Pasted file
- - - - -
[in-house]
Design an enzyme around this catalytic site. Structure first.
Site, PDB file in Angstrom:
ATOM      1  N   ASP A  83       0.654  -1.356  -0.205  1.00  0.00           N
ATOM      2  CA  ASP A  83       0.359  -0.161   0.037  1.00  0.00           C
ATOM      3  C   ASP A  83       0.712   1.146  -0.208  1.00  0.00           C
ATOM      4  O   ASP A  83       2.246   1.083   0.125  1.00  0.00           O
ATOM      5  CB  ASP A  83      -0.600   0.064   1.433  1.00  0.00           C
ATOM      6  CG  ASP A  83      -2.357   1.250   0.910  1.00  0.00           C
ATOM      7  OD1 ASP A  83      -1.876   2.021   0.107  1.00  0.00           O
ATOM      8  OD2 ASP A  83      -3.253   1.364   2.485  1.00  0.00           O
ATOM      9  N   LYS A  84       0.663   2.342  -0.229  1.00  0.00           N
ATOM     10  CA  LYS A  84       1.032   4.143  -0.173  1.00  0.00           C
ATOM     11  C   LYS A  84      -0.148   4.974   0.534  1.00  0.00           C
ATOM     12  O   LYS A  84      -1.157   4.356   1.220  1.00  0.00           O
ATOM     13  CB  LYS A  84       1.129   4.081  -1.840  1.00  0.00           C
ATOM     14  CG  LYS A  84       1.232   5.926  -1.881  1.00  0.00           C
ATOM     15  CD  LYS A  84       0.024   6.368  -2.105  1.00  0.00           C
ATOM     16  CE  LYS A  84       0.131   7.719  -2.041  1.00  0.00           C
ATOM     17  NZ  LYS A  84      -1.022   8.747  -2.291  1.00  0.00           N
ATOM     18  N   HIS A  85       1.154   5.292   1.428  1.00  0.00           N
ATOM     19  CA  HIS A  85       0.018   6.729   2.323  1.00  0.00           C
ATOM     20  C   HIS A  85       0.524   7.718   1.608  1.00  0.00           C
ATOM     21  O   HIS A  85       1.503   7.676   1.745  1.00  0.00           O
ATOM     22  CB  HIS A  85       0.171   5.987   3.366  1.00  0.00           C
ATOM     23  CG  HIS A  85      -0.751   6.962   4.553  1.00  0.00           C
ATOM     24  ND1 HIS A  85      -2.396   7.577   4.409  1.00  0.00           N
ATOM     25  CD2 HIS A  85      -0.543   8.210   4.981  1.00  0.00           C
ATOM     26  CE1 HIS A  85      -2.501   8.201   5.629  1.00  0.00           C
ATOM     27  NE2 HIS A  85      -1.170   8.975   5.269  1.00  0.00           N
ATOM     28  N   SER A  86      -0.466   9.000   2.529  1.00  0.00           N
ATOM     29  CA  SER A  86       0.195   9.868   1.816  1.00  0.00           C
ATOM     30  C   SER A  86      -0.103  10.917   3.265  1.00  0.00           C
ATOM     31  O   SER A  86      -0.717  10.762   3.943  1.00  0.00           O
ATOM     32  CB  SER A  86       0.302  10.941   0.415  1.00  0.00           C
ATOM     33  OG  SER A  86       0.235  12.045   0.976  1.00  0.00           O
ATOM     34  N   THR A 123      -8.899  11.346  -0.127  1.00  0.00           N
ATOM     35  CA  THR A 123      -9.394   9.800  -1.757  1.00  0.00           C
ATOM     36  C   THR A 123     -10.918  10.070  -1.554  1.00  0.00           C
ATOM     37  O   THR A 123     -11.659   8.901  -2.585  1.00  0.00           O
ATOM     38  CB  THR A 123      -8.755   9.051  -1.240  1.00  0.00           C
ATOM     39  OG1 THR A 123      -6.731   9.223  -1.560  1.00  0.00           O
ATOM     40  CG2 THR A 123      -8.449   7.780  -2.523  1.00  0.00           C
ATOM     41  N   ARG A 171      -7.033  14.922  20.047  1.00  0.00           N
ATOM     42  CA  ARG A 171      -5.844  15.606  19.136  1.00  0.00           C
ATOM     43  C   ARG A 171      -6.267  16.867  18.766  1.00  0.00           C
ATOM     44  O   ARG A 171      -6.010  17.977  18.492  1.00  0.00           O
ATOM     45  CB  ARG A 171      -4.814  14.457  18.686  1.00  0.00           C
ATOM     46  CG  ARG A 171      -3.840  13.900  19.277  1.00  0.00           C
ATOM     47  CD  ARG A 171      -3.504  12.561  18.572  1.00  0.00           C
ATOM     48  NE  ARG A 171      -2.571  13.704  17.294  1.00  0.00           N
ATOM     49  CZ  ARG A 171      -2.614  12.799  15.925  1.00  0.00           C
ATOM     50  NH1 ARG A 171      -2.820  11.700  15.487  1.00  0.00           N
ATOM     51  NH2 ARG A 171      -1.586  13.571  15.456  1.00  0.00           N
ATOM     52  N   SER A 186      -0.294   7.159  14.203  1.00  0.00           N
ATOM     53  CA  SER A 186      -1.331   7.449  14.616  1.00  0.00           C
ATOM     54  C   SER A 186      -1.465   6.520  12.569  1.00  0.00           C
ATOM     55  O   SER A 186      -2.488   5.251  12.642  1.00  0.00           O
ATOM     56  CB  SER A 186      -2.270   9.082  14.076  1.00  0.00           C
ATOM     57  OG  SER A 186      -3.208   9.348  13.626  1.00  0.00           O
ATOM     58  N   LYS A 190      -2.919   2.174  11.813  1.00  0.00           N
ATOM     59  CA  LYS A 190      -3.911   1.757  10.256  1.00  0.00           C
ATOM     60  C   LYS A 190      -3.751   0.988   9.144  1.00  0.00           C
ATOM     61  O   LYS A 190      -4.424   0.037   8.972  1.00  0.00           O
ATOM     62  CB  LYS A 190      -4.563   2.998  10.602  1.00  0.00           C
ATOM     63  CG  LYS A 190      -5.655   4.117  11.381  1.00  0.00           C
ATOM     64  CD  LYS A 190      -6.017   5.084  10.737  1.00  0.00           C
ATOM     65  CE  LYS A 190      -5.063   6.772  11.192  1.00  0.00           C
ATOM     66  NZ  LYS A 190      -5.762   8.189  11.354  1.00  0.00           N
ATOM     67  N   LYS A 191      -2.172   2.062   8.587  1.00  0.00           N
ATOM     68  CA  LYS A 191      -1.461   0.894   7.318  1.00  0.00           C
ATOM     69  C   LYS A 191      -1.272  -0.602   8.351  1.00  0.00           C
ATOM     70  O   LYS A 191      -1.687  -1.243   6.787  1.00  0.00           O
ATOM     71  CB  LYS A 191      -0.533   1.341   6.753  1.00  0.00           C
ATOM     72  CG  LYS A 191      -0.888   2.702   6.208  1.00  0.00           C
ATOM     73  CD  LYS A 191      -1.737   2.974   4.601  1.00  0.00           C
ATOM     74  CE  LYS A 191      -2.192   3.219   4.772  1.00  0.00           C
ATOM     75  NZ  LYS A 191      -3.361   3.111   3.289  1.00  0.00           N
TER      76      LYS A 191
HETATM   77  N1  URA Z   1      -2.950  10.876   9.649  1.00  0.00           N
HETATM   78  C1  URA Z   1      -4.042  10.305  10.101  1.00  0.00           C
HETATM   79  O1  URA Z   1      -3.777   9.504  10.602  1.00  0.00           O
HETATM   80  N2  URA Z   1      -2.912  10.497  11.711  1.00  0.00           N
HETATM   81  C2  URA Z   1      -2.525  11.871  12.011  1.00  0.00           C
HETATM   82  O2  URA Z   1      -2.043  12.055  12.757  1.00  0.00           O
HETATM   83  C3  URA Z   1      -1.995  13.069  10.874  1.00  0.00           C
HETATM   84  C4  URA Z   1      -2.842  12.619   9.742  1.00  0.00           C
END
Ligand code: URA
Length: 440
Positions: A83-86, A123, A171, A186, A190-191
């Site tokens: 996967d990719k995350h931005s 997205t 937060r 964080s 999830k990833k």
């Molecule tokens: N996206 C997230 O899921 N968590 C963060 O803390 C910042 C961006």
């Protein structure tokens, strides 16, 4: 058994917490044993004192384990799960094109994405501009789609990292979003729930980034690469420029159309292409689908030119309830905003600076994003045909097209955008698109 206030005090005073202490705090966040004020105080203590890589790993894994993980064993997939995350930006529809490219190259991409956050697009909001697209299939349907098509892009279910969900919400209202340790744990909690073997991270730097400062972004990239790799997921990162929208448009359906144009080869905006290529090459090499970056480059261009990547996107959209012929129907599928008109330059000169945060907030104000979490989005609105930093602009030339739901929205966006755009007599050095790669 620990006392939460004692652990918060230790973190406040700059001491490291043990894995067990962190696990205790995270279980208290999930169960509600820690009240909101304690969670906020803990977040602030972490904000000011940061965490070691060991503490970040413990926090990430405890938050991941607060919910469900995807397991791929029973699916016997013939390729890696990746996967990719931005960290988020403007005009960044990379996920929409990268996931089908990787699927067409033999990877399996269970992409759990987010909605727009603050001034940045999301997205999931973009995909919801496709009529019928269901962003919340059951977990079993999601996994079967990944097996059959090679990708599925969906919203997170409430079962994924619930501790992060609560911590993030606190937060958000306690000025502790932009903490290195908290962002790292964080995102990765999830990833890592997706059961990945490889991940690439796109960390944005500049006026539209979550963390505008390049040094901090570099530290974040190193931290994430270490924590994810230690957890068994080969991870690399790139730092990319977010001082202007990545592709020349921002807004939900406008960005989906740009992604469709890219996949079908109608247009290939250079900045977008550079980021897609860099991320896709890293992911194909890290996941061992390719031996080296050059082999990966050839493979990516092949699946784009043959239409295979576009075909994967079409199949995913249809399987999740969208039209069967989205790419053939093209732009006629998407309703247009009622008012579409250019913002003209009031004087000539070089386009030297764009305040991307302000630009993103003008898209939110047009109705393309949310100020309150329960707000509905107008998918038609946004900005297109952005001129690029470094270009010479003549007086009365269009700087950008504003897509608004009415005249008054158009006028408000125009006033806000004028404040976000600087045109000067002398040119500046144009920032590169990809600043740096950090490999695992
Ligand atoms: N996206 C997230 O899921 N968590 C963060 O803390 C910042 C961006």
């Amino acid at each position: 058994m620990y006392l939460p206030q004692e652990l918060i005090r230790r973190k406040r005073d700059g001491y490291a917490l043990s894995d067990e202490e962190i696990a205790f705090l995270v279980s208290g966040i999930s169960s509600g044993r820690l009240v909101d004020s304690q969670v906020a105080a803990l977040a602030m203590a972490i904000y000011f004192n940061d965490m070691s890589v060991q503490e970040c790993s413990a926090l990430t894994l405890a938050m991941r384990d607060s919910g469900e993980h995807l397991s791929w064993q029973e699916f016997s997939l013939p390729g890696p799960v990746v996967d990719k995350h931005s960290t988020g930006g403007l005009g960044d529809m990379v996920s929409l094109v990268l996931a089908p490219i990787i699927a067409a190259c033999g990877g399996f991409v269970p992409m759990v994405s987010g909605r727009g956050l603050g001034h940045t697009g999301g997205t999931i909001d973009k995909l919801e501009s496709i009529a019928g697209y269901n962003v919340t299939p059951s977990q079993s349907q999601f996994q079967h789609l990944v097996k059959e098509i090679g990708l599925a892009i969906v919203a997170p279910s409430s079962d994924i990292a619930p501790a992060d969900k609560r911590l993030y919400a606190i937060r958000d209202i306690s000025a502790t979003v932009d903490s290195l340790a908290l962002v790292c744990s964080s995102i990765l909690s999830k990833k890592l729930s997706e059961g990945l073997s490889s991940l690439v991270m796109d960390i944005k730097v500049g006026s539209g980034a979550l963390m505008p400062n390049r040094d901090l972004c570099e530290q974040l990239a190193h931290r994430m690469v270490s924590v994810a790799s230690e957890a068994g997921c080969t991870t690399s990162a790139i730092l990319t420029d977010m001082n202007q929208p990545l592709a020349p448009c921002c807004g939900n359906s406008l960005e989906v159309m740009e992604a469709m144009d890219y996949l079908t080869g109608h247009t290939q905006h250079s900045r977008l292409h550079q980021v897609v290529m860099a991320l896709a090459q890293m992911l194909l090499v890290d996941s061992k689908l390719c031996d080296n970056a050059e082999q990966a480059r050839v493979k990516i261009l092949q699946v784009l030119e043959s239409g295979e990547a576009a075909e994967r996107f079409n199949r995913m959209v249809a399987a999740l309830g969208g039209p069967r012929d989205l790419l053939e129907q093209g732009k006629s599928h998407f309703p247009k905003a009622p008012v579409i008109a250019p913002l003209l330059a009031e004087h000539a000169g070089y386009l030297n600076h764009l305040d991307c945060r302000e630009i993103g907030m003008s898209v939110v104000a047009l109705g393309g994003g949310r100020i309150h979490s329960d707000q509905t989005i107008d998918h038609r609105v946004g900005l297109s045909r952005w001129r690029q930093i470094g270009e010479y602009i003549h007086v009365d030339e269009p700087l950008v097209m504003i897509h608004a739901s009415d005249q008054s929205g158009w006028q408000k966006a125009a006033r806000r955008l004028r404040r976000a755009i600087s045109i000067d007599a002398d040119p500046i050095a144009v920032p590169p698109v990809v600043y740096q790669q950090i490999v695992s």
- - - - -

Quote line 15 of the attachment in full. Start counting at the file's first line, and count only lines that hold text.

ATOM     12  O   LYS A  84      -1.157   4.356   1.220  1.00  0.00           O